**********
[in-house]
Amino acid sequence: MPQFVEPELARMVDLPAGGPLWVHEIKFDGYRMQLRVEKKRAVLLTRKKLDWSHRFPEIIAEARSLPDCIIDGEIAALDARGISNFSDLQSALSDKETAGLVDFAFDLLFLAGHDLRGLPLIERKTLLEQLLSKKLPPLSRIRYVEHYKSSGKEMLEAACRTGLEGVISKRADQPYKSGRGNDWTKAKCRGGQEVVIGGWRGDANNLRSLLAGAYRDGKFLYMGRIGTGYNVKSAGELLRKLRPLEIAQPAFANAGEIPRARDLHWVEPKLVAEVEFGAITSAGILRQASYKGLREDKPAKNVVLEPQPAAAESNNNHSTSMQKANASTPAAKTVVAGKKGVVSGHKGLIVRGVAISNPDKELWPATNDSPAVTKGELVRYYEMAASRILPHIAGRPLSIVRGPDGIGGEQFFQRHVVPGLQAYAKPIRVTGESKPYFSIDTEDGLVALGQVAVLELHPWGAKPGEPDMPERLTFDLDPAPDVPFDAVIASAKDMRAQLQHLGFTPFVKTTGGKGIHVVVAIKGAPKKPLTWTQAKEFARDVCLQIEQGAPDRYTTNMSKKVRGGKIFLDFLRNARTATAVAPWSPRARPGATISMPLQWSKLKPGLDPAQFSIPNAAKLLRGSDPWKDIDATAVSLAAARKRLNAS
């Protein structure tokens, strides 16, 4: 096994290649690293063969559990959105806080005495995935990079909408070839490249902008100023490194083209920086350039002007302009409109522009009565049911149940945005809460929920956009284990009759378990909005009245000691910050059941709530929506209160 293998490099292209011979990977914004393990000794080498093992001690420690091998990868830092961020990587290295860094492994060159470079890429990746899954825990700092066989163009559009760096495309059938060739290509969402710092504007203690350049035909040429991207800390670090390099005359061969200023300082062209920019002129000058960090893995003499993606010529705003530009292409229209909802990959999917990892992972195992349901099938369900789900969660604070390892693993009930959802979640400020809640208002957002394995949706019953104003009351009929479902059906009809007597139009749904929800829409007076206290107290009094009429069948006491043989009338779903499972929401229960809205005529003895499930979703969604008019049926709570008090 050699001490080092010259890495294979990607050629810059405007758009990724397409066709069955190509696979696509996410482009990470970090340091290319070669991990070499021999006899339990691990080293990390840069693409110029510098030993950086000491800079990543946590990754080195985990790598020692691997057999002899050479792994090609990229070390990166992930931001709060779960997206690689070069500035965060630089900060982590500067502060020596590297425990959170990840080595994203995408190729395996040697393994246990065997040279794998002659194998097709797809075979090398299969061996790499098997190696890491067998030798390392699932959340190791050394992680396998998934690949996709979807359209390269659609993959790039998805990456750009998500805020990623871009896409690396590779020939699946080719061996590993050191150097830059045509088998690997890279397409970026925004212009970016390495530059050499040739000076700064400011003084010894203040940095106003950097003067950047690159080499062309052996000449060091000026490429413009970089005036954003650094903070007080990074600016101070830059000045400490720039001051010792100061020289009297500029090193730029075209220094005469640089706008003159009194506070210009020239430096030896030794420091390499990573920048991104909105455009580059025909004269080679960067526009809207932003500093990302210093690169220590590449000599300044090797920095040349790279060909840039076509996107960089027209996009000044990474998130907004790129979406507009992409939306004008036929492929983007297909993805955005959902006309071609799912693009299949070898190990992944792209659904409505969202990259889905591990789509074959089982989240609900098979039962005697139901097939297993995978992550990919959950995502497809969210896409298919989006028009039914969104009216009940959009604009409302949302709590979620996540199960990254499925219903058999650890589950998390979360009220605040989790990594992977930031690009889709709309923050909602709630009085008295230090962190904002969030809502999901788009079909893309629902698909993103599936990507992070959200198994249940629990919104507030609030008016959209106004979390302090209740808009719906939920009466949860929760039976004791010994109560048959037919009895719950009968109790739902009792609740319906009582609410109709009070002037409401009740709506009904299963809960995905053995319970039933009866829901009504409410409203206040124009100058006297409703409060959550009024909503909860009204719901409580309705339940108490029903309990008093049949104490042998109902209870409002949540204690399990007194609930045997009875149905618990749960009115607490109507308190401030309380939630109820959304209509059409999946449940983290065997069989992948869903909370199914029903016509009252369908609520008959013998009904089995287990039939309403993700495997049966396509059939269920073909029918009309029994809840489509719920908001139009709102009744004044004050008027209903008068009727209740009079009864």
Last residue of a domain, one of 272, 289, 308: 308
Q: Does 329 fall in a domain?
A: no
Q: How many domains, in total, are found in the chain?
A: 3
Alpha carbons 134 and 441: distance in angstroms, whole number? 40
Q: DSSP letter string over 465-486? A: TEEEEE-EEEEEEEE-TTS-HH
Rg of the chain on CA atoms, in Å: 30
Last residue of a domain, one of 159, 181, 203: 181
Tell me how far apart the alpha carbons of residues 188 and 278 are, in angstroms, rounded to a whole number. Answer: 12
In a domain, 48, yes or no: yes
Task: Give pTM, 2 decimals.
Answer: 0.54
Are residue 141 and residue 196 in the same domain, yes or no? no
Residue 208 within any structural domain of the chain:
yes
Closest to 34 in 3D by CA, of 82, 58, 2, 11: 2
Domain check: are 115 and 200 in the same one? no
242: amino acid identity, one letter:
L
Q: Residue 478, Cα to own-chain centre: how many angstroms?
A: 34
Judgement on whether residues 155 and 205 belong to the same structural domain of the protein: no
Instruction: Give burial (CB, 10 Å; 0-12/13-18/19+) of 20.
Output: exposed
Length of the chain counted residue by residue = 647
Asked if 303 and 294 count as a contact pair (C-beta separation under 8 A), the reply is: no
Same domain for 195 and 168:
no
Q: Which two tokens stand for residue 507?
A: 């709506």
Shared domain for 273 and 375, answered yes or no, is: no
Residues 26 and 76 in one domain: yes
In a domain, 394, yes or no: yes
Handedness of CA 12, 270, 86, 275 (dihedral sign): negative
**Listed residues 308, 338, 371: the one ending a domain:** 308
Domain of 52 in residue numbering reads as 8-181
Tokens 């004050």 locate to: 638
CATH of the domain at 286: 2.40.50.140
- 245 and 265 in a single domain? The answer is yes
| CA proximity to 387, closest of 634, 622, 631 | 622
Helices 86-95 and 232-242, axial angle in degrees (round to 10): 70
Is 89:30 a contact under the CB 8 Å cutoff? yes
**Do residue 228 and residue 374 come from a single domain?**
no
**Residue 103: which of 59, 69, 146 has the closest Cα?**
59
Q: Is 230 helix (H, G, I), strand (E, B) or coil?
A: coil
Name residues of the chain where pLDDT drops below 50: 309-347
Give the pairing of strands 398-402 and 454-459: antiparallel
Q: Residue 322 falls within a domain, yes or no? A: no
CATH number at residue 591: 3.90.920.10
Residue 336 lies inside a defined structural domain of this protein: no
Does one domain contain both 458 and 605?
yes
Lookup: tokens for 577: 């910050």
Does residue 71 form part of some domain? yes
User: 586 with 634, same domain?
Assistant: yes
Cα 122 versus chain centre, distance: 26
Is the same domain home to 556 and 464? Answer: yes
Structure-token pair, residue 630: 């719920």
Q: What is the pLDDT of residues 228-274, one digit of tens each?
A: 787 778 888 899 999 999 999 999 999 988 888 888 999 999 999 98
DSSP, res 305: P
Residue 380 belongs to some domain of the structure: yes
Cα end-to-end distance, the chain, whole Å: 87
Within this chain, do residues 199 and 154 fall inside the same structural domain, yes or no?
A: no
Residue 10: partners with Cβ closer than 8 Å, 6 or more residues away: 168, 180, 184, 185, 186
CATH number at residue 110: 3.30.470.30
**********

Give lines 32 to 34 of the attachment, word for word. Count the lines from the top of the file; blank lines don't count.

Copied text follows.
no
Q: Which two tokens stand for residue 507?
A: 């709506």